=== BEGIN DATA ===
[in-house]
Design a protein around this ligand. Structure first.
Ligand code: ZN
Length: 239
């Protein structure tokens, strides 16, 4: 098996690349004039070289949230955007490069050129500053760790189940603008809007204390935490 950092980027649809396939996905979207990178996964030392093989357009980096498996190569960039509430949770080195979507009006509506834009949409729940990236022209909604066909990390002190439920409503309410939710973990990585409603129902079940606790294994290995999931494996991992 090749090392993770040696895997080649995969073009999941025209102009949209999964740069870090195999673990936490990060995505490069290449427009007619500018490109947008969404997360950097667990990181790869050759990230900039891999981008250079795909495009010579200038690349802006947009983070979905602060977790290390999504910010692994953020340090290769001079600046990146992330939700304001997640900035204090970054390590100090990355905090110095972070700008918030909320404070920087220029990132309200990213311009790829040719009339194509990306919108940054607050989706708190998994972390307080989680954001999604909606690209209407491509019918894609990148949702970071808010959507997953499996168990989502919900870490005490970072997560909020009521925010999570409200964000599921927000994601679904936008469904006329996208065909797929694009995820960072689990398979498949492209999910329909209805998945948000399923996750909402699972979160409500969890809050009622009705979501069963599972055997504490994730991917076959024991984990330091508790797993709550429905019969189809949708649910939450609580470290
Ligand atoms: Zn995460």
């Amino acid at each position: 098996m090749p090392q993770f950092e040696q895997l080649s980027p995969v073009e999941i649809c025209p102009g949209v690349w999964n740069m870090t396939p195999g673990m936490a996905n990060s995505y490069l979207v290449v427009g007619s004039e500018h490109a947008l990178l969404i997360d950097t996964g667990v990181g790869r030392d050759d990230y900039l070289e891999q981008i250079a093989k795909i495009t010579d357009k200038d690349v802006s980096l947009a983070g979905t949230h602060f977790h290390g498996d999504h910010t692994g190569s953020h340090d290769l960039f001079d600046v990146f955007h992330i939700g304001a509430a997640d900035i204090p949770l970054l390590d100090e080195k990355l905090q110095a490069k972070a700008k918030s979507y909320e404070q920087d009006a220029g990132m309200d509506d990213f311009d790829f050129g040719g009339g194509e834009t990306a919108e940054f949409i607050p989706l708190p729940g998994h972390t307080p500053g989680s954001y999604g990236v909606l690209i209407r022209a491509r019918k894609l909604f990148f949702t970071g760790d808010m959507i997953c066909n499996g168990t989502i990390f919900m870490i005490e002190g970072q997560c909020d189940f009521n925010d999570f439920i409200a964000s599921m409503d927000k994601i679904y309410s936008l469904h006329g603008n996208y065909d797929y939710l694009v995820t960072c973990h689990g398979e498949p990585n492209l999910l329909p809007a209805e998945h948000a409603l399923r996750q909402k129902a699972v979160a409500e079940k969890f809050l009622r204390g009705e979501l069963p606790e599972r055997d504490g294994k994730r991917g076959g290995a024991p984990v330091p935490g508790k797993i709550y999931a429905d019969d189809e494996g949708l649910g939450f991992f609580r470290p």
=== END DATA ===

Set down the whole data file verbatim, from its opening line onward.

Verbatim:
[in-house]
Design a protein around this ligand. Structure first.
Ligand code: ZN
Length: 239
């Protein structure tokens, strides 16, 4: 098996690349004039070289949230955007490069050129500053760790189940603008809007204390935490 950092980027649809396939996905979207990178996964030392093989357009980096498996190569960039509430949770080195979507009006509506834009949409729940990236022209909604066909990390002190439920409503309410939710973990990585409603129902079940606790294994290995999931494996991992 090749090392993770040696895997080649995969073009999941025209102009949209999964740069870090195999673990936490990060995505490069290449427009007619500018490109947008969404997360950097667990990181790869050759990230900039891999981008250079795909495009010579200038690349802006947009983070979905602060977790290390999504910010692994953020340090290769001079600046990146992330939700304001997640900035204090970054390590100090990355905090110095972070700008918030909320404070920087220029990132309200990213311009790829040719009339194509990306919108940054607050989706708190998994972390307080989680954001999604909606690209209407491509019918894609990148949702970071808010959507997953499996168990989502919900870490005490970072997560909020009521925010999570409200964000599921927000994601679904936008469904006329996208065909797929694009995820960072689990398979498949492209999910329909209805998945948000399923996750909402699972979160409500969890809050009622009705979501069963599972055997504490994730991917076959024991984990330091508790797993709550429905019969189809949708649910939450609580470290
Ligand atoms: Zn995460």
């Amino acid at each position: 098996m090749p090392q993770f950092e040696q895997l080649s980027p995969v073009e999941i649809c025209p102009g949209v690349w999964n740069m870090t396939p195999g673990m936490a996905n990060s995505y490069l979207v290449v427009g007619s004039e500018h490109a947008l990178l969404i997360d950097t996964g667990v990181g790869r030392d050759d990230y900039l070289e891999q981008i250079a093989k795909i495009t010579d357009k200038d690349v802006s980096l947009a983070g979905t949230h602060f977790h290390g498996d999504h910010t692994g190569s953020h340090d290769l960039f001079d600046v990146f955007h992330i939700g304001a509430a997640d900035i204090p949770l970054l390590d100090e080195k990355l905090q110095a490069k972070a700008k918030s979507y909320e404070q920087d009006a220029g990132m309200d509506d990213f311009d790829f050129g040719g009339g194509e834009t990306a919108e940054f949409i607050p989706l708190p729940g998994h972390t307080p500053g989680s954001y999604g990236v909606l690209i209407r022209a491509r019918k894609l909604f990148f949702t970071g760790d808010m959507i997953c066909n499996g168990t989502i990390f919900m870490i005490e002190g970072q997560c909020d189940f009521n925010d999570f439920i409200a964000s599921m409503d927000k994601i679904y309410s936008l469904h006329g603008n996208y065909d797929y939710l694009v995820t960072c973990h689990g398979e498949p990585n492209l999910l329909p809007a209805e998945h948000a409603l399923r996750q909402k129902a699972v979160a409500e079940k969890f809050l009622r204390g009705e979501l069963p606790e599972r055997d504490g294994k994730r991917g076959g290995a024991p984990v330091p935490g508790k797993i709550y999931a429905d019969d189809e494996g949708l649910g939450f991992f609580r470290p």